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Favicon: A small 16 by 16 pixel image next to the URL of a website in the browser menu bar and alongside bookmarks. The tiny image is used to make your website more recognizable. Favicons are a common web design element.

Flat: This design trend took off in late 2013 and continues to be popular. The flat design style is minimal, using simple techniques, type and almost no design effects or tricks. Apple adopted an almost flat design style for iOS 7 and other popular sites, including Facebook and Google+ use flat styling.

Lorem ipsum: Placeholder or dummy text that uses a variety of characters at varying “word” lengths to give you an accurate feel of what type will look like in a text block.

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Parallax: Parallax is a technique where layers of content are designed to work and move together. Background, middle and foreground images are created and designed to move at different speeds so that elements on the screen move. It is a common and trendy scrolling technique. (Learn more in a recent Design Shack article.)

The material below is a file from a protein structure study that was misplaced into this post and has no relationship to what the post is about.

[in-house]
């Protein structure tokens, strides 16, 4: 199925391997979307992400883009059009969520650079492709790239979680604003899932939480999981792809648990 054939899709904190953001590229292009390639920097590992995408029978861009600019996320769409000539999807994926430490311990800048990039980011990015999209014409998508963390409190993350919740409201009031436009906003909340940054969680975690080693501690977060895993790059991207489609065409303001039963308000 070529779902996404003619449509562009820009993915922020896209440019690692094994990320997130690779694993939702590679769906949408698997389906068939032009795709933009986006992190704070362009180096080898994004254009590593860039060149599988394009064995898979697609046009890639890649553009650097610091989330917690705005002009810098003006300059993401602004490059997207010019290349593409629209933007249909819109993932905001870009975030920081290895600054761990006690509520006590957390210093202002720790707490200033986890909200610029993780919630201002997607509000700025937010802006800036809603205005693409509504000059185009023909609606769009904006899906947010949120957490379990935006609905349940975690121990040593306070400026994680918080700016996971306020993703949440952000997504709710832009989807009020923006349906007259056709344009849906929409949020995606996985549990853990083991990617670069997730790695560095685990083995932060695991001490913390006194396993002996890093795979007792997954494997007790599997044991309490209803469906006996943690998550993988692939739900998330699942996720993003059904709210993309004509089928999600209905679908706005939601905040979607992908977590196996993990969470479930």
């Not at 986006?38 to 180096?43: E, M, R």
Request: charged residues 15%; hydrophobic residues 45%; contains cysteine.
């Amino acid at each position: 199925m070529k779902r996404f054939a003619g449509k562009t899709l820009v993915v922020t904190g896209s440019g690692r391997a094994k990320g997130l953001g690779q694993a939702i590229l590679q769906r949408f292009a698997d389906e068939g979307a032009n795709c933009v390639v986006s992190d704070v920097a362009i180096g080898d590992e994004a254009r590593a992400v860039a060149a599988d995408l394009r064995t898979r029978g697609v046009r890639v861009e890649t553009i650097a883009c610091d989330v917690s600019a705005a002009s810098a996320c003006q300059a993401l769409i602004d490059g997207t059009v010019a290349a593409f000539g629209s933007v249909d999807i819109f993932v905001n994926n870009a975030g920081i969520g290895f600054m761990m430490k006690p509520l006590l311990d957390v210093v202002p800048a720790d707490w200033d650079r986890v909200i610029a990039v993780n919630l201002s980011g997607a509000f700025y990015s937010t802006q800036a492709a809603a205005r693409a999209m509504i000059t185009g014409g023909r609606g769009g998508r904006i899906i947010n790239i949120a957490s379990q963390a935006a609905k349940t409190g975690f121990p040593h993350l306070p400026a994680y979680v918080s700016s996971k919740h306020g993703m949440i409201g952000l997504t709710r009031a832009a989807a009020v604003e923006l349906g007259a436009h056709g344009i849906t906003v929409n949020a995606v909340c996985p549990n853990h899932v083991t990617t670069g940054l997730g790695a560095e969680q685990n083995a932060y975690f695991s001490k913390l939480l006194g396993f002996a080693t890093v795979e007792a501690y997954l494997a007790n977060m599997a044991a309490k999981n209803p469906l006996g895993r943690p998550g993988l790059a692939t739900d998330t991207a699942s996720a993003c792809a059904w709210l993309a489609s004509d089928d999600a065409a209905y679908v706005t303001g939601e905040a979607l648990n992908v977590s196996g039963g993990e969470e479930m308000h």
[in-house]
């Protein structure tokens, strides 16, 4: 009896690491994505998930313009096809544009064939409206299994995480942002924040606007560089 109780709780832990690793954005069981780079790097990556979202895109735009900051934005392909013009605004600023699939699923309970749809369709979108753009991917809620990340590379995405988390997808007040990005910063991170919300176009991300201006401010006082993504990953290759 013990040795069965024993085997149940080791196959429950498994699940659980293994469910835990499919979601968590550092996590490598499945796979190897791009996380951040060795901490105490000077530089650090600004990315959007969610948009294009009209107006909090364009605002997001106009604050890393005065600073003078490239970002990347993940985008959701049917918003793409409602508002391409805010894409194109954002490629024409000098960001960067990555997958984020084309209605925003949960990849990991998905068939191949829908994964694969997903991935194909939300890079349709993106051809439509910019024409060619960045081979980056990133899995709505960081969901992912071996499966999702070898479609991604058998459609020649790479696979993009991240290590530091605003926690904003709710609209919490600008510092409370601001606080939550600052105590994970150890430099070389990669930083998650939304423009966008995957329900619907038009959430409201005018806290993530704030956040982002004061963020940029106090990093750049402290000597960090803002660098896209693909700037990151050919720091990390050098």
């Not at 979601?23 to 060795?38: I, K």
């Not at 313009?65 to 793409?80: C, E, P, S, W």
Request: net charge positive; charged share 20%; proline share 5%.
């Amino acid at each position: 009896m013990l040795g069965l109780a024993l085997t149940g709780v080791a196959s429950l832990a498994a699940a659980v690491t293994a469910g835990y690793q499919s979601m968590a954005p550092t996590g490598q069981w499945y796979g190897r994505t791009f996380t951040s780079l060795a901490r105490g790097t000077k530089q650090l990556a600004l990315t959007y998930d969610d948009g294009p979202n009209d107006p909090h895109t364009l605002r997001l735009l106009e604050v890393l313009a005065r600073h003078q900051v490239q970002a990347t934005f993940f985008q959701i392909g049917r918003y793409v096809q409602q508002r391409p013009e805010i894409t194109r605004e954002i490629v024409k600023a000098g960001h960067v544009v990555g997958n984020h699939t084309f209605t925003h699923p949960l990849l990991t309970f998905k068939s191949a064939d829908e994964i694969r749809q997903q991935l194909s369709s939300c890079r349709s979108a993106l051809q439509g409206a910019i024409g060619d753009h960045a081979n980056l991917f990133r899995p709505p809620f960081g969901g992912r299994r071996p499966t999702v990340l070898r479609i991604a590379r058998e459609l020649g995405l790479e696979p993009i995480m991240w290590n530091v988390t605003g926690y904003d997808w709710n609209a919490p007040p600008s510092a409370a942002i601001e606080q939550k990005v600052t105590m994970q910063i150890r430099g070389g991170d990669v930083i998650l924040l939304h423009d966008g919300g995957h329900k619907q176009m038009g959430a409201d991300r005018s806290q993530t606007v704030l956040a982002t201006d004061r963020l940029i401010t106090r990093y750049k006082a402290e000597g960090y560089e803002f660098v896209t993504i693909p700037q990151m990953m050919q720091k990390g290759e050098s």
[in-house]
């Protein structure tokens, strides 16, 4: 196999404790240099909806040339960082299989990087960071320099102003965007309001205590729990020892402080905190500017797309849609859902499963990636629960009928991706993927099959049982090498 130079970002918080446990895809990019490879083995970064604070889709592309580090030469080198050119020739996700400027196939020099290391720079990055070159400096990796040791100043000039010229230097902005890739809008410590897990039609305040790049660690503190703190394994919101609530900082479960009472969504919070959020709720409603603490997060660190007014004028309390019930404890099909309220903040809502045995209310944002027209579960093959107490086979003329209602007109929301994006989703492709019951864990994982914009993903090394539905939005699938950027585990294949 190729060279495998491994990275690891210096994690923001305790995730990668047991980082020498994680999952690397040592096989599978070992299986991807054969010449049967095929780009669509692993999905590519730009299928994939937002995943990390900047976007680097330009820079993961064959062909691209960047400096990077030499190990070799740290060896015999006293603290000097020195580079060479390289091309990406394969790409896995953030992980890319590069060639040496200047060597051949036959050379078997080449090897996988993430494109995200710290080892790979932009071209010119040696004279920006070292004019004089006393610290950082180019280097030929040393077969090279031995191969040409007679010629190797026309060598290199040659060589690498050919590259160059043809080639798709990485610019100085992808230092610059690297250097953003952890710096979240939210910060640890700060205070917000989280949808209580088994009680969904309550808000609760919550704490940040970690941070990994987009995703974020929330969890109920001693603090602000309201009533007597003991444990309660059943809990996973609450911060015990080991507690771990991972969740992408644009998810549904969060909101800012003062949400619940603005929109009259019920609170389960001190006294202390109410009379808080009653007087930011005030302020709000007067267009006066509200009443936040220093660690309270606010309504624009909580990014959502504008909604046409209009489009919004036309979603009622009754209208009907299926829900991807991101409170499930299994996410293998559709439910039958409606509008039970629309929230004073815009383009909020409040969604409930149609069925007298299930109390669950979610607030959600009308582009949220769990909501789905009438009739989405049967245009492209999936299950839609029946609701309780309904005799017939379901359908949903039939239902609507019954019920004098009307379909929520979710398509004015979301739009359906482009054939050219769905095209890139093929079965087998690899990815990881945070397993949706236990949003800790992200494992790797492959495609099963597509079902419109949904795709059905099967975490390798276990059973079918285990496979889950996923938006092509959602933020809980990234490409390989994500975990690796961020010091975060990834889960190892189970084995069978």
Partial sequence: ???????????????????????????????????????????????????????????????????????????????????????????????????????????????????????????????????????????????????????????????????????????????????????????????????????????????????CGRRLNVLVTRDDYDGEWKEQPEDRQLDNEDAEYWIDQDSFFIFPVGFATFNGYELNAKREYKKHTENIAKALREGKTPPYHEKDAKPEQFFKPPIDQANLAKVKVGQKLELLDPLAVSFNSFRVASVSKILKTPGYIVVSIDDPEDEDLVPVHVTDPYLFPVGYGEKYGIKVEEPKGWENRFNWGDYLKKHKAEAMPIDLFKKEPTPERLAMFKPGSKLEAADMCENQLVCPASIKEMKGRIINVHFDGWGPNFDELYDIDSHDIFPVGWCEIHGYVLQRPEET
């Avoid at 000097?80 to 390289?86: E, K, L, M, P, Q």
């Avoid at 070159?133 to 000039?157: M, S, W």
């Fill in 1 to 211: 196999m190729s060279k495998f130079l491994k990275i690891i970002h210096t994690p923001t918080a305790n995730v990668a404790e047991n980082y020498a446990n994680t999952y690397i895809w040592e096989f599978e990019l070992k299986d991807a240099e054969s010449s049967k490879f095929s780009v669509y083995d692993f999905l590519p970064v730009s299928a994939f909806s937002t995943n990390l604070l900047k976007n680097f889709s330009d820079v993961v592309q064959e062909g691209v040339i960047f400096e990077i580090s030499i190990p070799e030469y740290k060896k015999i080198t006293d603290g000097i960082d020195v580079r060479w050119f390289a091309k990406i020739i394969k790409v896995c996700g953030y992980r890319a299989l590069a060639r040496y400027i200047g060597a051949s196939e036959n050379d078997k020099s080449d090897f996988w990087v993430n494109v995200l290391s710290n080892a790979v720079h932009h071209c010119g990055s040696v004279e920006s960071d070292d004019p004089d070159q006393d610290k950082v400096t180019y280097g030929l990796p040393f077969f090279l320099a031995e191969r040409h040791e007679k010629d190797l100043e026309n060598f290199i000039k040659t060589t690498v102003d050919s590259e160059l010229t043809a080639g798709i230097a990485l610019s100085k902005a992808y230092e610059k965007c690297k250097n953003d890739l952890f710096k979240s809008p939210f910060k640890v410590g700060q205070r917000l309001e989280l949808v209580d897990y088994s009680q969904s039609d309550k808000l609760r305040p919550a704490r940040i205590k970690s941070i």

Responsive design: This concept of web design makes it possible for a single site to render well and properly on a variety of devices (desktop, tablet and mobile) at different sizes. The benefit is having a single site with a common user experience.

design words

RGB: The color mode for digital design that uses combinations of red, green and blue to make colors. In the RGB model, every hue uses these colors to create every color.

design words

Slider: This popular technique uses a large block (often based on jQuery) to rotate multiple images (and text) in one location on the site. Sliders can run automatically or based on clicks or taps.